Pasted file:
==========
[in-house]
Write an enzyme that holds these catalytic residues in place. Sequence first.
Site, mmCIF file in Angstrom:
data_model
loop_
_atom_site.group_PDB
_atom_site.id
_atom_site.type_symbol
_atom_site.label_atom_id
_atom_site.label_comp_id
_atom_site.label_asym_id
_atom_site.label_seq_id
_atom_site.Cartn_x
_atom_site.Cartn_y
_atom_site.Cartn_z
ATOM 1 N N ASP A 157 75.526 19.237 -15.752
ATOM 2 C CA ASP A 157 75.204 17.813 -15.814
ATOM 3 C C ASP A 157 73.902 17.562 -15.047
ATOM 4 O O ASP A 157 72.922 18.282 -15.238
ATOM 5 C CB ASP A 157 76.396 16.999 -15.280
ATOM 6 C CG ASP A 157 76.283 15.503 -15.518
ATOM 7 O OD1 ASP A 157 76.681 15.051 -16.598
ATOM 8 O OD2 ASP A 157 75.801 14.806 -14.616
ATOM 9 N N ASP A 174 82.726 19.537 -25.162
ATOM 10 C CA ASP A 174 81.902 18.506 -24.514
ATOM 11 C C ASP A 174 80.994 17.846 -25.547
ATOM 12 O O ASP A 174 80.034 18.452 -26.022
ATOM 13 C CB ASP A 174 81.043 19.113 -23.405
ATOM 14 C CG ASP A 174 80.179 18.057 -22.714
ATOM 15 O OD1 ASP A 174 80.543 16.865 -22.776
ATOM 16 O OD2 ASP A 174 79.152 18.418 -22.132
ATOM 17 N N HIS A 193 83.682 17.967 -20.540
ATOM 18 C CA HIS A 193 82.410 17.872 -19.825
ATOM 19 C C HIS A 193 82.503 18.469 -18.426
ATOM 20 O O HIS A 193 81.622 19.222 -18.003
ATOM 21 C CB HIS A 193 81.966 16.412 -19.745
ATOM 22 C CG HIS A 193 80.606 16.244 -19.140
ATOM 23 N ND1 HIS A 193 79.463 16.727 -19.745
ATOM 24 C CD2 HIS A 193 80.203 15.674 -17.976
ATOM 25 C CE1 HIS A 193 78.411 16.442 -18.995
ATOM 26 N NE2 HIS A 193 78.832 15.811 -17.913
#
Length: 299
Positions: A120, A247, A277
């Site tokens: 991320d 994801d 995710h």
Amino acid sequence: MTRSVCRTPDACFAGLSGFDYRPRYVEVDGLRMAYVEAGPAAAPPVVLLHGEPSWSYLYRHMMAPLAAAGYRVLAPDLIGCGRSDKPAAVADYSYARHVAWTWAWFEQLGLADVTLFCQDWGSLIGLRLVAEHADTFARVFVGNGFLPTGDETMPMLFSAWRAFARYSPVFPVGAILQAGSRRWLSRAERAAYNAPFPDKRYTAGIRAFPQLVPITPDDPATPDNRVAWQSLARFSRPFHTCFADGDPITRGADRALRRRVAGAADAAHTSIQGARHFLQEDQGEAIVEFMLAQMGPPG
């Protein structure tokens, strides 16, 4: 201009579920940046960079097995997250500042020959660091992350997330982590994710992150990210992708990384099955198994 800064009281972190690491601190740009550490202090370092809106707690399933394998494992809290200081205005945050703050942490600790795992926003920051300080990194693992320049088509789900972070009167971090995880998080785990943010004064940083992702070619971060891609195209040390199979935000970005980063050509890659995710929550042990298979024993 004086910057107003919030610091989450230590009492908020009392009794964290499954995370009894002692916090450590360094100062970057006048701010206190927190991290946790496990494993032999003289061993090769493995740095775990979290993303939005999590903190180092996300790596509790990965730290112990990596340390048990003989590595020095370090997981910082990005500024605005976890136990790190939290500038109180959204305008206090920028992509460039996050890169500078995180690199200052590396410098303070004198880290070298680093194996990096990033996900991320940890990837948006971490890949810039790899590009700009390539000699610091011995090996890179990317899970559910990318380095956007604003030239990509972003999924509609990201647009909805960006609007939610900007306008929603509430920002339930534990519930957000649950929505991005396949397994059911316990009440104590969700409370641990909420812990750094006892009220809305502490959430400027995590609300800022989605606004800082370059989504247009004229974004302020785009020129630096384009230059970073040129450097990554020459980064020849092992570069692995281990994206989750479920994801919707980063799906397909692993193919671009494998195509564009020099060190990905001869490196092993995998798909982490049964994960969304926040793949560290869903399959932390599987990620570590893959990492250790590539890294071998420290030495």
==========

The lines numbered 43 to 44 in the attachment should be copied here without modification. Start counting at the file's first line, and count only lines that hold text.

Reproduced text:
Length: 299
Positions: A120, A247, A277